the using dedicated hardware step uses dedicated hardware to perform at least one of the puncturing process on the first and second parity data and the repetition process on the systematic data, the first parity data and the second parity data.
8. The method of claim 5, wherein the using dedicated hardware step produces data having a data rate that matches an air interface of a wireless communication system.
9. The method of claim 5, wherein the using dedicated hardware step handles puncturing and repetition of more than one format of data.
10. The method of claim 9, wherein at least one format of the data includes more than one type of data, and the using dedicated hardware step handles puncturing and repetition of more than one type of data in at least one format of data.
11. The method of claim 9, wherein at least one format of the data is turbo encoded data and at least one type of data is parity data.
12. The method of claim 5, wherein the using dedicated hardware step includes operating in one of a puncture and repetition mode based on a puncture/repetition (PR) parameter received from the using software step.
13. The method of claim 12, wherein the using dedicated hardware step includes puncturing the data based on a decision parameter value received from the using software step and a puncture decision threshold when in the puncture mode.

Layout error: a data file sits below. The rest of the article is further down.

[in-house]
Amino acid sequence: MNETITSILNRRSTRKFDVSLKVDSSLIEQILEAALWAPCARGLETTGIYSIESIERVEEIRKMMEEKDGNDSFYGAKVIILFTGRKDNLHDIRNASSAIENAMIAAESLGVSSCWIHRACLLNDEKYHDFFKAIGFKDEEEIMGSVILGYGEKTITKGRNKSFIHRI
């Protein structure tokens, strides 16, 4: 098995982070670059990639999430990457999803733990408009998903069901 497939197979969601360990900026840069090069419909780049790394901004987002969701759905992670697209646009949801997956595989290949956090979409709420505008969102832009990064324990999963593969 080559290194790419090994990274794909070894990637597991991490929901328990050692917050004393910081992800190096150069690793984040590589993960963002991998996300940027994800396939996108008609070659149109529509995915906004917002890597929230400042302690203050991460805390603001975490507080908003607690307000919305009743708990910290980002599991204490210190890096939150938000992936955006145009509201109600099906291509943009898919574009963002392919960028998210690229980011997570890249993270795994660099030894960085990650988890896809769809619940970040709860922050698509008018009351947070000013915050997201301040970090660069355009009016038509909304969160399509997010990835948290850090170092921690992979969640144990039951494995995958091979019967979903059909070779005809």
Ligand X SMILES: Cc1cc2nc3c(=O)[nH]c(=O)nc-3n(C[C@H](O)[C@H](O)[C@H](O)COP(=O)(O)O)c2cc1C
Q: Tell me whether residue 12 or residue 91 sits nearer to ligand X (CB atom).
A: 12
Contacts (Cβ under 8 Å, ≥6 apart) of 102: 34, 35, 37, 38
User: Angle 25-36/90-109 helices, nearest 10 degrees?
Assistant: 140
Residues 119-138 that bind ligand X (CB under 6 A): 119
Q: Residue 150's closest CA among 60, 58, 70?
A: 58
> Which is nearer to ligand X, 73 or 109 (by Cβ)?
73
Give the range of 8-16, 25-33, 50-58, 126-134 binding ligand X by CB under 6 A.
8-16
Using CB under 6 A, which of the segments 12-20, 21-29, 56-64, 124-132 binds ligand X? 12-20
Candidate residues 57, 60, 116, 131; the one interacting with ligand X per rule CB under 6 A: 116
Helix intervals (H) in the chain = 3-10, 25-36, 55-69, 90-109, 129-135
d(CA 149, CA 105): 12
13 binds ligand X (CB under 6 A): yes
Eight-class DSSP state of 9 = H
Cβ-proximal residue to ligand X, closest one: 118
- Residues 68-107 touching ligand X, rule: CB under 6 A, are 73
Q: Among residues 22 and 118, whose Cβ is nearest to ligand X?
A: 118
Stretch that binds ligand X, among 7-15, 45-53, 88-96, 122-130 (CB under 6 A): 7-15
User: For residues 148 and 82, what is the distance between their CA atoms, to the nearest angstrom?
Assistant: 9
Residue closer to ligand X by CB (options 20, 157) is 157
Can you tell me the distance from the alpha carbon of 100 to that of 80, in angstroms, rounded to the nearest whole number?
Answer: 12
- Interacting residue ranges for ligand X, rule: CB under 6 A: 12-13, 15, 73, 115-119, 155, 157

14. The method of claim 12, wherein the using dedicated hardware step includes repeating the data based on a decision parameter value received from the using software step and a repetition decision threshold when in the repetition mode.
15. A method of rate de-matching, comprising:
using software to calculate at least one rate de-matching parameter for received data; and
using dedicated hardware to compensate for puncturing and repetition in the received data based on the calculated rate de-matching parameter.
16. The method of claim 15, wherein at least a portion of the received data is encoded data.
17. The method of claim 15, wherein
the received data is turbo encoded, the turbo encoded data includes systematic data, first parity data and second parity data; and
the using dedicated hardware step uses dedicated hardware to at least one of compensate for the puncturing process on the first and second parity data and compensate for the repetition process on the systematic data, the first parity data and the second parity data.
18. The method of claim 15, wherein the using dedicated hardware step handles compensating for puncturing and repetition of more than one format of received data.
19. The method of claim 18, wherein at least one format of the received data includes more than one type of data, and the using dedicated hardware step handles compensating for puncturing and repetition performed to rate match more than one type of data in at least one format of the received data.
20. The method of claim 15, wherein the using dedicated hardware step includes operating in one of a puncture compensation mode and a repetition compensation mode based on a puncture/repetition (PR) parameter.